The Demise of Karnataka's Coalition Government
After 14 months, the JDS-Congress Alliance in Karnataka was rendered obsolete. By subverting anti-defection law, BJP has established its rule in Karnataka.
The state of Karnataka has always been a breathing ground for unstable governments. It should come as a surprise, only three chief ministers -- all from the Congress -- have been able to complete their full five-year term in the history of Karnataka. Sadly, H.D. Kumaraswamy--the leader of JDS-Congress coalition--didn't make the cut. After Chief Minister of Karnataka --or should we say-- now-former Chief Minister H.D. Kumaraswamy came up short on the votes to prove majority in the house, he tendered in his resignation to Governor Vajubhai Vala after serving 14 months in office. It wasn't precisely a novel experience for Kumaraswamy who had failed to complete a full term not once but twice as a result of this fateful turn of events. Kumaraswamy's first stint as chief minister in the BJP-led coalition government lasted less than two years from February 2006 to October 2007.
The state of national politics is in disarray. To over paraphrase revered author and human rights activist, James Baldwin --to be relatively conscious in this world is to be in a constant state of rage and confusion. If you've been paying attention -- we extend our deepest sympathies if you are -- you might have noticed the political events transpiring around the world has the atmosphere of an absurd play. The antics in the United States has become fodder for every comedian's humor around the world. One man's political ineptitude is another man's butt of the jokes. The UK's Brexit fiasco almost crippled the nations economic stability. One can only hope the appointment of Boris Johnson as Prime Minister will avail a concrete resolution. The turmoil in the Middle East is nowhere close to winding down. It remains as de-stabilized as ever. And all this barely scratches the surface on the tumultuous state of national politics. So, It was only a matter of time before troubles came knocking on Karnataka's doors.
Following their win in the 2019 Lok Sabha elections, BJP managed to stage a successful coup in the Congress run state and skirt around the anti-defection law by getting 11 Congress and JD(S) MLAs to resign from the membership of the House. Karnataka has 224 assembly seats. After the 2018 assembly elections, BJP was the largest party with 105 seats, eight short of the 113-majority mark. The Congress with 79 seats and JD(S) with 37 had allied to keep the BJP out of power. However, by inducing the MLA's to abdicate their positions, BJP will once again rule the state, years after Yeddyurappa led the BJP to a historic victory in 2008 and became a chief minister but had to quit in 2011 due to alleged corruption.
The anti-defection law was put into place in to protect the tenets of a democratic electoral process. It prohibits the elected representatives to abdicate their positions lured by the promise of office, cash or other considerations.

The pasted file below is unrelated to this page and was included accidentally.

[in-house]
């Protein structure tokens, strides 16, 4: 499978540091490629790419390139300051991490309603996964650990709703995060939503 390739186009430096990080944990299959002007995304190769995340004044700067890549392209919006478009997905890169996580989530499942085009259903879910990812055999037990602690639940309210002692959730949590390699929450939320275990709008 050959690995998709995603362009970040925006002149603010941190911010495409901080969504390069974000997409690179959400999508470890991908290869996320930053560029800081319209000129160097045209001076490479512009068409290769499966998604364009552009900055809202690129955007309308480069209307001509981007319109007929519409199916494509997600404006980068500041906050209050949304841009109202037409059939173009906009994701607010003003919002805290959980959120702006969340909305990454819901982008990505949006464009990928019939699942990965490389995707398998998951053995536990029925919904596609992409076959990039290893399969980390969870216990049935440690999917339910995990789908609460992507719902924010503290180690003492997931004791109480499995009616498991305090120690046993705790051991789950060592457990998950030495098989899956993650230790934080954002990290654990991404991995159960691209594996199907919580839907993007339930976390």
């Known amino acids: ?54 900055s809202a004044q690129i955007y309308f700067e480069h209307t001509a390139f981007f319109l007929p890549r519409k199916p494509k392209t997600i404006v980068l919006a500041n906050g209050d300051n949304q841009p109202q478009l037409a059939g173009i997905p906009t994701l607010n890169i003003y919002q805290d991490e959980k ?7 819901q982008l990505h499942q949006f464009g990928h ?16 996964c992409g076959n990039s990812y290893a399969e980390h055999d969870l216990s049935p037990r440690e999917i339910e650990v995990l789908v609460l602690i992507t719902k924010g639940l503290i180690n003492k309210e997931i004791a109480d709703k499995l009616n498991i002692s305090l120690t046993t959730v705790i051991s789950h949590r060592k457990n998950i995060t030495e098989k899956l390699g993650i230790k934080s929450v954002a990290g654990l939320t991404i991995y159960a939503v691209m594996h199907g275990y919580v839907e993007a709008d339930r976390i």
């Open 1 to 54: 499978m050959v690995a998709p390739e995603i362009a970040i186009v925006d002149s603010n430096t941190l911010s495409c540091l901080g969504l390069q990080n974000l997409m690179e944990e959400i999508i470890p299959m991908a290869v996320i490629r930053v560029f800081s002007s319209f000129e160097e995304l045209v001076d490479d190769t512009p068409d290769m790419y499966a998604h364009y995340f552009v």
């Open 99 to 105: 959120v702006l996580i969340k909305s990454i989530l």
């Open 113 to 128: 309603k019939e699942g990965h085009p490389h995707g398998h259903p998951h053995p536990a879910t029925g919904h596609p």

The sanctity of the electoral process is preserved in the trust between the electorate and the elected representative. But by circumventing the anti-defection law, BJP has created a malarkey of the democratic process. They've turned the citizens into mute spectators in the theatre of the absurd.
During a debate in the Karnataka Assembly on the occasion of the trust vote on July 18 the Speaker, KR Ramesh Kumar (a Congress leader) said, "In your one-upmanship and power struggle, you're all not thinking about what is happening to democracy. I'm tired of all this. How long should I be witness to all this? The people are watching us".
It would be easy to assign the sole blame on BJP's doors. However, the other political factions have a one time or another been guilty of this charge. The anti-defection law was bought in parliament in 1985, by Rajiv Gandhi after he was elected into power. The law would prohibit party hopping and ensure party loyalty and in-turn good governance. When parties resort to horse-trading, it inevitably-stabilizes the government. But still, they carry on. In 2018, following the assembly elections that rendered a fractured mandate, Congress leader D K Shivakumar rallied the MLA's for a trust vote by taking them to a private hotel, which resulted in a coalition government.
Governments rise, governments fall. But when it falls apart at an alarming frequency, it should be a cause for concern. When it falls due to a subversion of laws that protect the tenets of democracy, it should give us pause. When a government falls, it derails society's economic growth and invariably robs its citizens of opportunities. This is the most uncertain of times. As citizens, we can only hope the new government -- now that it's in place -- will henceforth pick progress to theatrics. Meanwhile, it's our due-diligence to stay vigilant; hold the government accountable for their institutional failures; prompt them to do better and remember, "A nation of sheep will beget a government of wolves."